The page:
The neighbor was persistent: Why didn't Kenneth Clark follow "Civilisation" with a civilized look at animals and men in art? And, just incidentally, contribute some of the sale proceeds to the World Wildlife Fund?

"As a neighbor, it made it all very convenient," Fleur Cowles remembered with satisfaction. "Oh yes, he said he wouldn't do it at first. But there is what you call American persistence."

"There is also what you might call Fleur persuasiveness, which many have found a kind of irrestible force. The result if a new Lord Clark book, "Animals and Men," handsomely published to catch the Christmas art-book season, paired with 35 art exhibits at some of the leading museums around the world.

"The Animal in Art" opens today at the Hirshorn Museum, and it is a delight to both the eye and the spirit. There are Giacometti's hang-dog "Dog"; Picasso's playful "Little Owl," fashioned from screws, nails, and a small spade; and the Calder "Fish Mobile."

Yesterday Fleur Cowles was in Washington for the Hirshorn opening with a news tidbit about her neighbor to impart.

"Lord Clark is going to be married to a woman who lives in Northern France. I'm not free to give you her name.It has been published somewhere and denied, but it is true," Clark's London neighbor reported with relish.

And added: "There is still publishing ink in my veins."

Fleur Cowles (now the wife of Tom Montague Meyer, the British "Mr. Timber") started out as an advertising copywriter when she was 16.Then began a remarkable career as a fashion columnist, advertising executive, associate editor of Look magazine (she once was married to Gardner Cowles, of the publishing family), and finally, Flair, the magazine with the fold-out pages and the covers with holes.

Flair lasted only 13 months (it sold for 50 cents and cost $2 to produce back in the early '50s). But it is still remembered as a publishing classic: One Washington printer keeps the first and last issues in his shop vault.

"I'm not sorry it died," Fleur said yesterday. "I'm much more happy it has . . . Until I started painting, I wanted Flair to be my obituary. Now I want my paintings to be so."

The photographer was stationed to take her picture, and she reached for her dark glasses.

"This is my trademark. The dark glasses are me," she explained as he protested.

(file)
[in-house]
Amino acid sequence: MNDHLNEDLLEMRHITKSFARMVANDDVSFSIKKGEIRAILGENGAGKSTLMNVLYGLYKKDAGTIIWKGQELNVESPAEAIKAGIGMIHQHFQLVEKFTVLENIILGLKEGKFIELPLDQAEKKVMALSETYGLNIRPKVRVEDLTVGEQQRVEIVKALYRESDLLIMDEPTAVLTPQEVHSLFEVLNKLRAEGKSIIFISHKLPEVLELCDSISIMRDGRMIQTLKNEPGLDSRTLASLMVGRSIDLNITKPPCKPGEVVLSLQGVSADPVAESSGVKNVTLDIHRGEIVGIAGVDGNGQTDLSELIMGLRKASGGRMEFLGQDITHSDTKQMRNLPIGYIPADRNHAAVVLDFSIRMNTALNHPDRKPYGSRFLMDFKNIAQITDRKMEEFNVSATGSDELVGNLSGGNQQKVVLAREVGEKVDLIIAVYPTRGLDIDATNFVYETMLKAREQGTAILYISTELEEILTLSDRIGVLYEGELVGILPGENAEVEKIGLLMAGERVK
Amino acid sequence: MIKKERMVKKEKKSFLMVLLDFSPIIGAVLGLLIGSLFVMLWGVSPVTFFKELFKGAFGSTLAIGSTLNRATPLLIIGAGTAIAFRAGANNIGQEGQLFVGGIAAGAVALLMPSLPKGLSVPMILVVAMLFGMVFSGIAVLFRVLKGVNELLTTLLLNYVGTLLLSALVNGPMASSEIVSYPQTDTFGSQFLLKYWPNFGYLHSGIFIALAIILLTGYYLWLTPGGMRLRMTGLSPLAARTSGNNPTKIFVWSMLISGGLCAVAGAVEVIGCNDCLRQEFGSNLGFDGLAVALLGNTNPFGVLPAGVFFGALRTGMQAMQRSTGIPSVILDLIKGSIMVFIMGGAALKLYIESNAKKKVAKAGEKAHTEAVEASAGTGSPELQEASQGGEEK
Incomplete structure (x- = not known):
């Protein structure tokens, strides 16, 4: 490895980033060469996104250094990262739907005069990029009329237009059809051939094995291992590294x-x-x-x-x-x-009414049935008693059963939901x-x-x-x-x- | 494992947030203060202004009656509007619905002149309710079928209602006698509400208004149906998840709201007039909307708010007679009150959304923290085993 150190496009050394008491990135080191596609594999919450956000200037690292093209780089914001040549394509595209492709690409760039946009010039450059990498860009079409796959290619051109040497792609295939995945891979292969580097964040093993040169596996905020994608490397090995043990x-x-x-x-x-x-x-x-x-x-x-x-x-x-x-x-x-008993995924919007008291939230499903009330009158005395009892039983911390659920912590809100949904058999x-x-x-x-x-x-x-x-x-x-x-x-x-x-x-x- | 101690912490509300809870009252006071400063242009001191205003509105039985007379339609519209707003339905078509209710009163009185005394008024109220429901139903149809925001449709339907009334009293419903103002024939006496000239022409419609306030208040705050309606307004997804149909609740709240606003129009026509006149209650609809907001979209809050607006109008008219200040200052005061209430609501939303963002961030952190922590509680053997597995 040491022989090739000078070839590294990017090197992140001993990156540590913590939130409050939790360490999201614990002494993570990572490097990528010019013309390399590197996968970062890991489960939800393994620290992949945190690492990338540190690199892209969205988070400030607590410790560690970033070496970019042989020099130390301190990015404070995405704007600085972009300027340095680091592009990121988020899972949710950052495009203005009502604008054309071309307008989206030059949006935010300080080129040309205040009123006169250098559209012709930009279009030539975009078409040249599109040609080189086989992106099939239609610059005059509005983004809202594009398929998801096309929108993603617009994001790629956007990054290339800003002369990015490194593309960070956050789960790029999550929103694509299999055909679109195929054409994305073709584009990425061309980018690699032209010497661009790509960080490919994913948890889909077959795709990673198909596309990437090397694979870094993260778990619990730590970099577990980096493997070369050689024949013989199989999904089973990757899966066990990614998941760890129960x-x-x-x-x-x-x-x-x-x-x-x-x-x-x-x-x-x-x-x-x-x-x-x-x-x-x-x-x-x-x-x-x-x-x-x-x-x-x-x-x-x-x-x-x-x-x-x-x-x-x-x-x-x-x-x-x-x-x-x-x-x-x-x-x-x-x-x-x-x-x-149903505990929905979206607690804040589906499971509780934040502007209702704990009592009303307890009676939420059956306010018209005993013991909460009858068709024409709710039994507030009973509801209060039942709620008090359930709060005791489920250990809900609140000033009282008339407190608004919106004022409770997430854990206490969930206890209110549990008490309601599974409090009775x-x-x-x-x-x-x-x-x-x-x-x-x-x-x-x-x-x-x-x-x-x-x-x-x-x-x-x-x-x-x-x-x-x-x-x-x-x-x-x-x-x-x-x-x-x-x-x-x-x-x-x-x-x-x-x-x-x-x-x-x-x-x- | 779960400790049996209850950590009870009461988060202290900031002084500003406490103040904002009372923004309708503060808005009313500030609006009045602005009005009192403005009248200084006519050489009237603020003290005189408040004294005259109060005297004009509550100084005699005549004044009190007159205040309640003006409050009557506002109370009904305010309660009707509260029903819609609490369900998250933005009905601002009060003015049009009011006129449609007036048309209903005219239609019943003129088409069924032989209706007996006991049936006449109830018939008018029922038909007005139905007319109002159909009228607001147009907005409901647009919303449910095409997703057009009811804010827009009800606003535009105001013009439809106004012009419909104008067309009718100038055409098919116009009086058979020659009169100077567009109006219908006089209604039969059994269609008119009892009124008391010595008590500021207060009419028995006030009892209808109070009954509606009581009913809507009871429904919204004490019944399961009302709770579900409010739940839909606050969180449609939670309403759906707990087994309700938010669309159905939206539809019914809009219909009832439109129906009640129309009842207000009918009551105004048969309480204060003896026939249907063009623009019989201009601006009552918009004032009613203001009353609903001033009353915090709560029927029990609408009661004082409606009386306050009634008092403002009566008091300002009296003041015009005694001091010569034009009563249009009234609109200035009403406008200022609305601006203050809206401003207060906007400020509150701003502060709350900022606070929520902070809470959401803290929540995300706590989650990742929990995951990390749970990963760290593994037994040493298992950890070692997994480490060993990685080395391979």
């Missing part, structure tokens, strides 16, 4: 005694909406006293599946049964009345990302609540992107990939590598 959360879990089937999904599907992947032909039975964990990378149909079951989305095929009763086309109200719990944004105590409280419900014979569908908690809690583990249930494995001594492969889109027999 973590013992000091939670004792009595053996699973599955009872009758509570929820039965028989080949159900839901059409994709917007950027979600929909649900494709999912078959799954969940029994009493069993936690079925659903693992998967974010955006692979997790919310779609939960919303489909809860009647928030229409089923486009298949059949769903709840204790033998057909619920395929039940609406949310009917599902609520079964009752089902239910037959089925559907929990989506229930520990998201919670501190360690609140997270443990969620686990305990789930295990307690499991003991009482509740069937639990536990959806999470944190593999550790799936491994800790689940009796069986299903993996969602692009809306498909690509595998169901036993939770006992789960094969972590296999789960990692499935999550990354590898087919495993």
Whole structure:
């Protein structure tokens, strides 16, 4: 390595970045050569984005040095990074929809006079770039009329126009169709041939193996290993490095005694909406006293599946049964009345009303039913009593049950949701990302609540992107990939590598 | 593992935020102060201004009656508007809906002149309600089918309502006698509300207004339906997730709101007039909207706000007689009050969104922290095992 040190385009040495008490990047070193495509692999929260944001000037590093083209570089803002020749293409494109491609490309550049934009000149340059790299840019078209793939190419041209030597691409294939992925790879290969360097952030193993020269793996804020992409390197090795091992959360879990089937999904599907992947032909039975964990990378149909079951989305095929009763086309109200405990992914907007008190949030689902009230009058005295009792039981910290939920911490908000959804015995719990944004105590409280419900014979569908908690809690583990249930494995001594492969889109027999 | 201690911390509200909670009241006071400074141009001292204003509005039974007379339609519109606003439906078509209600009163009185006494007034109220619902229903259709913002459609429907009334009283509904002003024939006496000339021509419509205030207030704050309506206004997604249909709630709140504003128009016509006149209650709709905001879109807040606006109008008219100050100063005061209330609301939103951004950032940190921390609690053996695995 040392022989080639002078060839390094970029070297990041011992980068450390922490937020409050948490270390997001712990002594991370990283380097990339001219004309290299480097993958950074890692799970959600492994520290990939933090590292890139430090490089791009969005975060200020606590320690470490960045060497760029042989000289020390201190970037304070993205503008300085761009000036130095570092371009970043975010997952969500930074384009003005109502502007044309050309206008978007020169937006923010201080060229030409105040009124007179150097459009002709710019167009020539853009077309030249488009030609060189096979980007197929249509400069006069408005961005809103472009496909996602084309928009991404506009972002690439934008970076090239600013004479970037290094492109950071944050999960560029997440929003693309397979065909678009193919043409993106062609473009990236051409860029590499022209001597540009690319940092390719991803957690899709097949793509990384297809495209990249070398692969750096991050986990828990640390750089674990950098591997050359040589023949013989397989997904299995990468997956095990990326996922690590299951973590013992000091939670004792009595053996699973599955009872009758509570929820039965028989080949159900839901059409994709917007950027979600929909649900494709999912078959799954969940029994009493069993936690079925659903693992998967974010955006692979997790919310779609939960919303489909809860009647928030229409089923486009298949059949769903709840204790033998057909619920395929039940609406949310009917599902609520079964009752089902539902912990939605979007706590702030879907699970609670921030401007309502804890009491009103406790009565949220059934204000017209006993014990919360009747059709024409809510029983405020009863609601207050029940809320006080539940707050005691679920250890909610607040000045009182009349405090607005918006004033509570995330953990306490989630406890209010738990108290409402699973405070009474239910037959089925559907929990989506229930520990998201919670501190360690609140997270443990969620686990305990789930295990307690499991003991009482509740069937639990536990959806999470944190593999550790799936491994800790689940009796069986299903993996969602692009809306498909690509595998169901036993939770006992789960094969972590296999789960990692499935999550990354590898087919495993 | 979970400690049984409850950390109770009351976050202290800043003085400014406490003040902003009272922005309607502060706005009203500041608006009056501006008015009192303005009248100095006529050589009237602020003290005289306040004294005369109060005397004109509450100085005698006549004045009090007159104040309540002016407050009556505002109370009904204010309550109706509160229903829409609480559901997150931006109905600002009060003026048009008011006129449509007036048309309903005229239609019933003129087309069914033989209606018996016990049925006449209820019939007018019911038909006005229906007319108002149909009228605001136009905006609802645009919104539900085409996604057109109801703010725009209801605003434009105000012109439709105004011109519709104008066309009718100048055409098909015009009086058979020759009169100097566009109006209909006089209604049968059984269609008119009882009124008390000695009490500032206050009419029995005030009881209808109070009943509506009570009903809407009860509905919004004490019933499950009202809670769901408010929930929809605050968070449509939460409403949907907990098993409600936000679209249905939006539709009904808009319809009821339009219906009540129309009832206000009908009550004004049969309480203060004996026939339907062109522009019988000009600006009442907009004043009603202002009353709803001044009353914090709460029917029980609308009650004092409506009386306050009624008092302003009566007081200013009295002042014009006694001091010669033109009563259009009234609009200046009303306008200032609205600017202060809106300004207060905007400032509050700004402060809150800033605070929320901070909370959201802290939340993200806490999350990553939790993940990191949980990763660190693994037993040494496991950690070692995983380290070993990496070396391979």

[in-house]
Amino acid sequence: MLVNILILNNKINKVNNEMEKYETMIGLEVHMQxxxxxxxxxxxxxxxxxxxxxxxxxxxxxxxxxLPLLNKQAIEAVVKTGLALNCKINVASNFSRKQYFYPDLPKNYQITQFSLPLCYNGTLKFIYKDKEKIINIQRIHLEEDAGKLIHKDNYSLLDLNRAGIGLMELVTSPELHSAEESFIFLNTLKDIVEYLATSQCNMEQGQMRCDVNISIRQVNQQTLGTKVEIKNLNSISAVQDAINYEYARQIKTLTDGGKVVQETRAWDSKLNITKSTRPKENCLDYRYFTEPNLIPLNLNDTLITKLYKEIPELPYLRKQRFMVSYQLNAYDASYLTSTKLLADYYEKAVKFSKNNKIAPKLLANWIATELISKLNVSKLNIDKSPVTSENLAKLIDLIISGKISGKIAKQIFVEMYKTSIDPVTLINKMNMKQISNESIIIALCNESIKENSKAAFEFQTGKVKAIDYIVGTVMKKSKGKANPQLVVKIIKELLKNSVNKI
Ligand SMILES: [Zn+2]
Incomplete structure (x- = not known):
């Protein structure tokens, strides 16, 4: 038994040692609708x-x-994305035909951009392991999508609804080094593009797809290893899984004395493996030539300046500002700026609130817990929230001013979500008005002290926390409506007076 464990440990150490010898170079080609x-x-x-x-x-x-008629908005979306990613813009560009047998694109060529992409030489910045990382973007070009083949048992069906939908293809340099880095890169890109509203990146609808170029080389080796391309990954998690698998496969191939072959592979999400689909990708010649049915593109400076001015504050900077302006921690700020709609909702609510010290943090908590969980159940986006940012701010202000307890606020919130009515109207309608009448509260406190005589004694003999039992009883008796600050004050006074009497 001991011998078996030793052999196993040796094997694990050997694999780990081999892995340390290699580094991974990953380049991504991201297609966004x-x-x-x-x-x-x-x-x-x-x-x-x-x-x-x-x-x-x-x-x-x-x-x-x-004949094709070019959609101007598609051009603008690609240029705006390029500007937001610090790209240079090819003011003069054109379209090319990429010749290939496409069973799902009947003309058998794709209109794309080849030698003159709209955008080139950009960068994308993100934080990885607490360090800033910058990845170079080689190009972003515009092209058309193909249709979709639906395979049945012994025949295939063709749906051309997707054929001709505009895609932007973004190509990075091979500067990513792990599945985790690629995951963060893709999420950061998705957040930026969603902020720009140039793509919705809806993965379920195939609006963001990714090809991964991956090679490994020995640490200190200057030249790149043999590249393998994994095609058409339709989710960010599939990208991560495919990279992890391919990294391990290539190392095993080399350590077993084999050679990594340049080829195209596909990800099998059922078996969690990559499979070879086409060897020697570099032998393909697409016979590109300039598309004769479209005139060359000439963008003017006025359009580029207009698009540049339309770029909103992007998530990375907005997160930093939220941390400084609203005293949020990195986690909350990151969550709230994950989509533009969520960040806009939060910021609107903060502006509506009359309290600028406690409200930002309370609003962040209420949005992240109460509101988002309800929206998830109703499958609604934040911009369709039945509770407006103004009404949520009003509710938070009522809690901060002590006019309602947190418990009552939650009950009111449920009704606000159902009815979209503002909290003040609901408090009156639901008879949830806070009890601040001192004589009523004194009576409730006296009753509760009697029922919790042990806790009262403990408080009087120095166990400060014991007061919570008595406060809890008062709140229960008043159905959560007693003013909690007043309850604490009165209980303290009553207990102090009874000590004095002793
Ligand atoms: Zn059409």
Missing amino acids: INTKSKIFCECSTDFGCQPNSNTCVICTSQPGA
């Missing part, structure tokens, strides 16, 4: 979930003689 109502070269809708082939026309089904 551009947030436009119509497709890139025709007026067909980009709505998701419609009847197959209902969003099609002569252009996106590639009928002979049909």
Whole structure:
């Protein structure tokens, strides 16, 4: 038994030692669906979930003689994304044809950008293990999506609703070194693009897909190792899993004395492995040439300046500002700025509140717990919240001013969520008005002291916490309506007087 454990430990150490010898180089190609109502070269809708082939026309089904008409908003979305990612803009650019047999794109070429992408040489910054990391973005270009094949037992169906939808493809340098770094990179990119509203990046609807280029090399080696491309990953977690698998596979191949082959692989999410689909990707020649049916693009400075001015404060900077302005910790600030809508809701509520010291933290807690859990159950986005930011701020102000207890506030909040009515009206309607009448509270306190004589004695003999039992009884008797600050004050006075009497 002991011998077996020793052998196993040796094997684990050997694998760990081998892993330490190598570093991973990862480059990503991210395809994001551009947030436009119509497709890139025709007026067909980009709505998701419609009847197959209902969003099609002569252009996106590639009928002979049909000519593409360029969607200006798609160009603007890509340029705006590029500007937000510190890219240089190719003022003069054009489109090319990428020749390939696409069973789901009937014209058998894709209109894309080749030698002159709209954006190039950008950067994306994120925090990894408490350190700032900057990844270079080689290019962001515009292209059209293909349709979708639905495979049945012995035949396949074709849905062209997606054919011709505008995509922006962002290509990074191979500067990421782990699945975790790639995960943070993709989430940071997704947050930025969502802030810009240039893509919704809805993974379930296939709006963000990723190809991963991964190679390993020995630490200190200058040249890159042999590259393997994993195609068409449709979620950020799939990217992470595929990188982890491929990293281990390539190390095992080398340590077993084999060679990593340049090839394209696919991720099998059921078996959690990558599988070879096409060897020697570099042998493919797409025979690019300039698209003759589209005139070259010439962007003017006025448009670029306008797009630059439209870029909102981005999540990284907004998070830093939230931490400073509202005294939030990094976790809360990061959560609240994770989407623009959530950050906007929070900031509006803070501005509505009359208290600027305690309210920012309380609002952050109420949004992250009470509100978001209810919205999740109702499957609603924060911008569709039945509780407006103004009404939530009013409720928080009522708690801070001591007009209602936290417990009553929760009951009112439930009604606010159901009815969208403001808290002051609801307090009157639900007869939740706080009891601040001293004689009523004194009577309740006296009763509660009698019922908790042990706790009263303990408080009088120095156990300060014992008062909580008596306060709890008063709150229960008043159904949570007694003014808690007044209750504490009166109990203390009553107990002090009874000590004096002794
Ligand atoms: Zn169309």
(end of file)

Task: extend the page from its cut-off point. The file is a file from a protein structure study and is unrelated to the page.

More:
Lord Clark's first wife was ill when Cowles first suggested that he do a book on animals in art. As he notes in the forward, he didn't think it was such a good idea at first, "but on reflection it occurred to me that no one had ever given much thought to the relationships of animals and men, and this might be a subject worth exploring."

It proves worth exploring both in Lord Clark's book and the 35 exhibits in museums like the Prado in Madrid, the Topkapi in Instanbul, and the British Museum in London.

As at the Hirshhorn here, each museum is mounting its own show from its permanent collection and loans. The Topkapi has assembled miniature, bejeweled animal forms. In Lagos, Nigeria, the exhibits span 2,000 years of animal art in Africa.

The cave-paintings of Lascaux record man's first reactions to animals, the most important element in human life and survival at that primitive time.

"Through art, you can see when the animal was God. Then the animal became a token, later a decoration, and then man's best friend. At no time since first man painted and sculpted has the animal been missing from his art," Cowles pointed out.

Cowles plans to go out to the Washington Zoo on Sunday for the first of three "sketch-ins" for children. On three Sunday afternoons from 1 to 3 p.m. (this Sunday, Dec. 18 and Jan. 15), the zoo will supply drawing papers, pencils and masonite boards for the public to use.

Smithsonian has another show as part of its "Animal in Art" program in recognition of the conservation aims and work of the World Wildlife Fund. "Beyond the Ocean, Beneath a Leaf," an exhibit of 57 stunning dyetransfer color photographs of Kjell B. Sandved, will be on exhibit in the second-floor rotunda of the Natural History Museum. Both of the Hirshhorn and Natural History exhibits will continue through Jan. 15.